UAE, leading the way in eco protection - GulfToday

UAE, leading the way in eco protection


Representational image.

“We only have one home, one shelter - Earth,” said Dr. Abdullah Al Nuaimi, Minister of Climate Change and Environment.

“Therefore, we all need to scale up our efforts and expedite global environmental and climate action to chart a better future for the current and next generations.”

This statement is very apt and merits a lot of thought.

Global annual spending to protect and restore nature needs to triple this decade to about $350 billion by 2030 and rise to $536 billion by 2050, a UN report said recently, urging a shift in mindset among financiers, businesses and governments.

The inaugural State of Finance for Nature report looked at how to tackle the planet’s climate, biodiversity and land degradation crises, estimating about $8 trillion in investment would be needed by mid-century to safeguard natural systems.

Inger Andersen, executive director of the United Nations Environment Programme (UNEP) said, “Our health, the quality of our lives, our jobs, temperature regulation, the housing we build and of course the food we eat, the water we drink” all depend on well-functioning natural systems, she said.

Noting that protecting land from degradation and desertification has been a cornerstone of the UAE’s approach to safeguarding and sustaining the environment and its biodiversity since the founding of the UAE in 1971, Minister Al Nuaimi outlined the myriad programmes and initiatives it has implemented in this regard.

He highlighted the National Biodiversity Strategy and the National Strategy to Combat Desertification 2014-2021, and the Blue Carbon Project, aerial mapping of agricultural areas, the Nakheelna initiative, organic farming support schemes, and the expansion of the overall area and number of farms producing organic crops.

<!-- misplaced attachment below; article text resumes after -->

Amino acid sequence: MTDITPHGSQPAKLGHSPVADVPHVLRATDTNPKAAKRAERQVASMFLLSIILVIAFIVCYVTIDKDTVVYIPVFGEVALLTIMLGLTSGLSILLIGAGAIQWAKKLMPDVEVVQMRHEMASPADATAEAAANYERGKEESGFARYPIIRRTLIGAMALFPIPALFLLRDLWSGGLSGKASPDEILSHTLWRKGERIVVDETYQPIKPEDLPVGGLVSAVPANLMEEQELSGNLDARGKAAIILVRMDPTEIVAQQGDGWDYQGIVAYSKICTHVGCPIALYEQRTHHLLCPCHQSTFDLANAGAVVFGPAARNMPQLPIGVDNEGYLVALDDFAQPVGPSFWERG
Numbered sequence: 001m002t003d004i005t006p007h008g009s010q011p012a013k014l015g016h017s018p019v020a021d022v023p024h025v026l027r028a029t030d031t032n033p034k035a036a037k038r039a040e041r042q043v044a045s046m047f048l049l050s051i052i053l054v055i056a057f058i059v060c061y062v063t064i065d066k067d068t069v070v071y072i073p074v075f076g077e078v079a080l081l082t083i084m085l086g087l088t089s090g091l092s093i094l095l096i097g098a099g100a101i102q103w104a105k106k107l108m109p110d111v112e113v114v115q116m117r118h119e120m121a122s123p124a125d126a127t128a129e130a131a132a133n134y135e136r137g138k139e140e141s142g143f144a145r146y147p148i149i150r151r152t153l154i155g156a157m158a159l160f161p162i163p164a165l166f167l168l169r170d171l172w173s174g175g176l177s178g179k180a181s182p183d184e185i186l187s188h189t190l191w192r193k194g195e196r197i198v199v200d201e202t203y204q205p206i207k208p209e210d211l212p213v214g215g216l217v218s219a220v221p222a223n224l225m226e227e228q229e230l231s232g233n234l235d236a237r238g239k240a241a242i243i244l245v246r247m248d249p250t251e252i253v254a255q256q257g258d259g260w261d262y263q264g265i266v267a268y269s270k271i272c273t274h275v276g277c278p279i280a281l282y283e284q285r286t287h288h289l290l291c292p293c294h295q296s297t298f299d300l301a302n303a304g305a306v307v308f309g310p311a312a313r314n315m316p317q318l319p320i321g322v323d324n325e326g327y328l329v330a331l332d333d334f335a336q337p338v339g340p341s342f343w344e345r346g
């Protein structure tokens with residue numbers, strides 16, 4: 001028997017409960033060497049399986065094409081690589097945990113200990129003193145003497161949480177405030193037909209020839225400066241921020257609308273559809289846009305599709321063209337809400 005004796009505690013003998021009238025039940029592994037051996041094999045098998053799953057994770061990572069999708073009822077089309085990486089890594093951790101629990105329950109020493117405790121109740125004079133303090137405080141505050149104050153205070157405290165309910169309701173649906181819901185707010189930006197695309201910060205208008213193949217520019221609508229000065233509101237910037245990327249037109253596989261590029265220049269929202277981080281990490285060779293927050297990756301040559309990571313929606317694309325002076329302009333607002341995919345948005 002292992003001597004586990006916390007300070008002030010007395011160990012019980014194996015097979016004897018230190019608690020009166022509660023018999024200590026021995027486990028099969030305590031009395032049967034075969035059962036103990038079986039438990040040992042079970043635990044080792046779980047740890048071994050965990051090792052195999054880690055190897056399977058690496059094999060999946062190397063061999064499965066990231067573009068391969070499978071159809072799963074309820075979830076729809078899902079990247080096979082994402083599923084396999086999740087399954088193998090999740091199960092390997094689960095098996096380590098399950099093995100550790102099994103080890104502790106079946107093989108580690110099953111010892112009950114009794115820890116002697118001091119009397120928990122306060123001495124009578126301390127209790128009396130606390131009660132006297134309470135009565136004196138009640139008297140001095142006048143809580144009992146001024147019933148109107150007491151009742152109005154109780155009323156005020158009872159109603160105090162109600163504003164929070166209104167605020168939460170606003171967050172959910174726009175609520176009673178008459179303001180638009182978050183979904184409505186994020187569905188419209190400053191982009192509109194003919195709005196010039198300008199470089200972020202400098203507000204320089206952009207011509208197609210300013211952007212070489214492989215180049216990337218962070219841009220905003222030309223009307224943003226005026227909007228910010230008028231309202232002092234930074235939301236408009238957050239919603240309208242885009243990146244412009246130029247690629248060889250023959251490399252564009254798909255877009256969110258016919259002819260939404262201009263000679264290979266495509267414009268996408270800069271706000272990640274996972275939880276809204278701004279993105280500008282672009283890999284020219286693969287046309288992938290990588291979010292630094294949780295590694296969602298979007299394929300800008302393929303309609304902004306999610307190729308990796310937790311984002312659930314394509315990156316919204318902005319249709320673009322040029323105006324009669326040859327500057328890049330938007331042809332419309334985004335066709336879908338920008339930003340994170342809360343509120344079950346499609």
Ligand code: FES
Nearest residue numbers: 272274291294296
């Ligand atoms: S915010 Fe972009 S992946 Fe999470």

Additionally, Minister Al Nuaimi noted that the UAE has increased the number of its protected areas. In 2020, the UAE added five new such areas, for a total of 49 preserves comprising 15.5 per cent of the country’s territory.

Nations will have to rethink economic growth as a measure of success if they want to make good on pledges to halt the destruction of the natural world, according to a British government-backed report published recently.

“Nature is our home,” said Partha Dasgupta, an economist at the University of Cambridge who led the study. “Good economics demands we manage it better.”

The United States and other countries hiked their targets for slashing greenhouse gas emissions at a global climate summit hosted by President Joe Biden, an event meant to resurrect US leadership in the fight against global warming.

The UAE has expanded its clean energy sector in record time due to its laws and legislation that encourage investment in current developments and future projects.

Speaking on the occasion of the UAE National Environment Day, which is marked on the 4th of February, Sheikh Khalifa said, “The preservation of the environment is a shared responsibility by all. During the event each year, efforts are made to highlight an environmental goal of national importance.”

President Khalifa said that values and practices related to the sustainability of the environment are an integral part of the UAE heritage.

He added that the UAE’s Founding Father, the late Sheikh Zayed Bin Sultan Al Nahyan, expressed this sentiment when he said, “We take from our environment as much as we need, and ensure the rights of future generations.”

His Highness indicated that our government has taken this saying as an approach, and translated it into policies, strategies, legislation, plans and programmes to ensure a positive balance between requirements of economic, social growth, and environmental conservation.

His Highness said that the UAE would be doubling efforts to reach sustainability goals as part of a major drive to provide “a clean and safe environment that contributes to providing prosperity and happiness for us and for future generations.”

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